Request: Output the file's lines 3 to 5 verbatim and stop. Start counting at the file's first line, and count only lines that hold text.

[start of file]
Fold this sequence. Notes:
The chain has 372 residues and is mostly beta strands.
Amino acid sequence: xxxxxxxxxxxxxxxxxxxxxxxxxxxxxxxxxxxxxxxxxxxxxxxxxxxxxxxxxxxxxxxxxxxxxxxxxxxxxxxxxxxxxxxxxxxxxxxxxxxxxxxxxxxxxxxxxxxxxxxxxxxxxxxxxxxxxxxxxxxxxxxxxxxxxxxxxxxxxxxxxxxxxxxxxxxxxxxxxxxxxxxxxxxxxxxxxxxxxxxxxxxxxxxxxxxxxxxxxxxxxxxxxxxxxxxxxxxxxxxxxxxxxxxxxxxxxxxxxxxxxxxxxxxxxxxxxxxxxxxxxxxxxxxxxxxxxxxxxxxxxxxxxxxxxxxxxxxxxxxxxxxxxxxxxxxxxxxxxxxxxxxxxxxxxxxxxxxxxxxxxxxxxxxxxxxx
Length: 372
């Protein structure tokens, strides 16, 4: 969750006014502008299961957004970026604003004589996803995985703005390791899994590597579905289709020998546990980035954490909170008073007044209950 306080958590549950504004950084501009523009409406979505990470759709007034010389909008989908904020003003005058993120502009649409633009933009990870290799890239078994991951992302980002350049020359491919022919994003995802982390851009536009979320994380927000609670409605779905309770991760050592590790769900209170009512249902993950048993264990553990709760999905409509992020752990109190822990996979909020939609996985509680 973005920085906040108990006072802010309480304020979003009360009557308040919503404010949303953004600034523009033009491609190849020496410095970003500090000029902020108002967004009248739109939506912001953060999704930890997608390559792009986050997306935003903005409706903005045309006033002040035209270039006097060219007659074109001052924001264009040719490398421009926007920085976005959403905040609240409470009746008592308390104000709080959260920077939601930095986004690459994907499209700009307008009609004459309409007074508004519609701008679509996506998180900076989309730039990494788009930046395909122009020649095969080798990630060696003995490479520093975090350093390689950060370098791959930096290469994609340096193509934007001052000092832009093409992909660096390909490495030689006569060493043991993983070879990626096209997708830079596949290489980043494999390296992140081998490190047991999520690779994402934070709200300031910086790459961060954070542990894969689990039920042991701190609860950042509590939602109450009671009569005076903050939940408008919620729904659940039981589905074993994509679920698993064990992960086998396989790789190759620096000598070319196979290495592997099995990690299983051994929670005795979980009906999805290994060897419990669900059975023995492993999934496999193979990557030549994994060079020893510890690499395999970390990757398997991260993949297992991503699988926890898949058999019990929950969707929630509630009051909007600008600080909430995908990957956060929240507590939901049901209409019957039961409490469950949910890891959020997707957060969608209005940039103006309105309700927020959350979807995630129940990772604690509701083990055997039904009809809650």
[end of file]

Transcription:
Amino acid sequence: xxxxxxxxxxxxxxxxxxxxxxxxxxxxxxxxxxxxxxxxxxxxxxxxxxxxxxxxxxxxxxxxxxxxxxxxxxxxxxxxxxxxxxxxxxxxxxxxxxxxxxxxxxxxxxxxxxxxxxxxxxxxxxxxxxxxxxxxxxxxxxxxxxxxxxxxxxxxxxxxxxxxxxxxxxxxxxxxxxxxxxxxxxxxxxxxxxxxxxxxxxxxxxxxxxxxxxxxxxxxxxxxxxxxxxxxxxxxxxxxxxxxxxxxxxxxxxxxxxxxxxxxxxxxxxxxxxxxxxxxxxxxxxxxxxxxxxxxxxxxxxxxxxxxxxxxxxxxxxxxxxxxxxxxxxxxxxxxxxxxxxxxxxxxxxxxxxxxxxxxxxxxxxxxxxxx
Length: 372
């Protein structure tokens, strides 16, 4: 969750006014502008299961957004970026604003004589996803995985703005390791899994590597579905289709020998546990980035954490909170008073007044209950 306080958590549950504004950084501009523009409406979505990470759709007034010389909008989908904020003003005058993120502009649409633009933009990870290799890239078994991951992302980002350049020359491919022919994003995802982390851009536009979320994380927000609670409605779905309770991760050592590790769900209170009512249902993950048993264990553990709760999905409509992020752990109190822990996979909020939609996985509680 973005920085906040108990006072802010309480304020979003009360009557308040919503404010949303953004600034523009033009491609190849020496410095970003500090000029902020108002967004009248739109939506912001953060999704930890997608390559792009986050997306935003903005409706903005045309006033002040035209270039006097060219007659074109001052924001264009040719490398421009926007920085976005959403905040609240409470009746008592308390104000709080959260920077939601930095986004690459994907499209700009307008009609004459309409007074508004519609701008679509996506998180900076989309730039990494788009930046395909122009020649095969080798990630060696003995490479520093975090350093390689950060370098791959930096290469994609340096193509934007001052000092832009093409992909660096390909490495030689006569060493043991993983070879990626096209997708830079596949290489980043494999390296992140081998490190047991999520690779994402934070709200300031910086790459961060954070542990894969689990039920042991701190609860950042509590939602109450009671009569005076903050939940408008919620729904659940039981589905074993994509679920698993064990992960086998396989790789190759620096000598070319196979290495592997099995990690299983051994929670005795979980009906999805290994060897419990669900059975023995492993999934496999193979990557030549994994060079020893510890690499395999970390990757398997991260993949297992991503699988926890898949058999019990929950969707929630509630009051909007600008600080909430995908990957956060929240507590939901049901209409019957039961409490469950949910890891959020997707957060969608209005940039103006309105309700927020959350979807995630129940990772604690509701083990055997039904009809809650």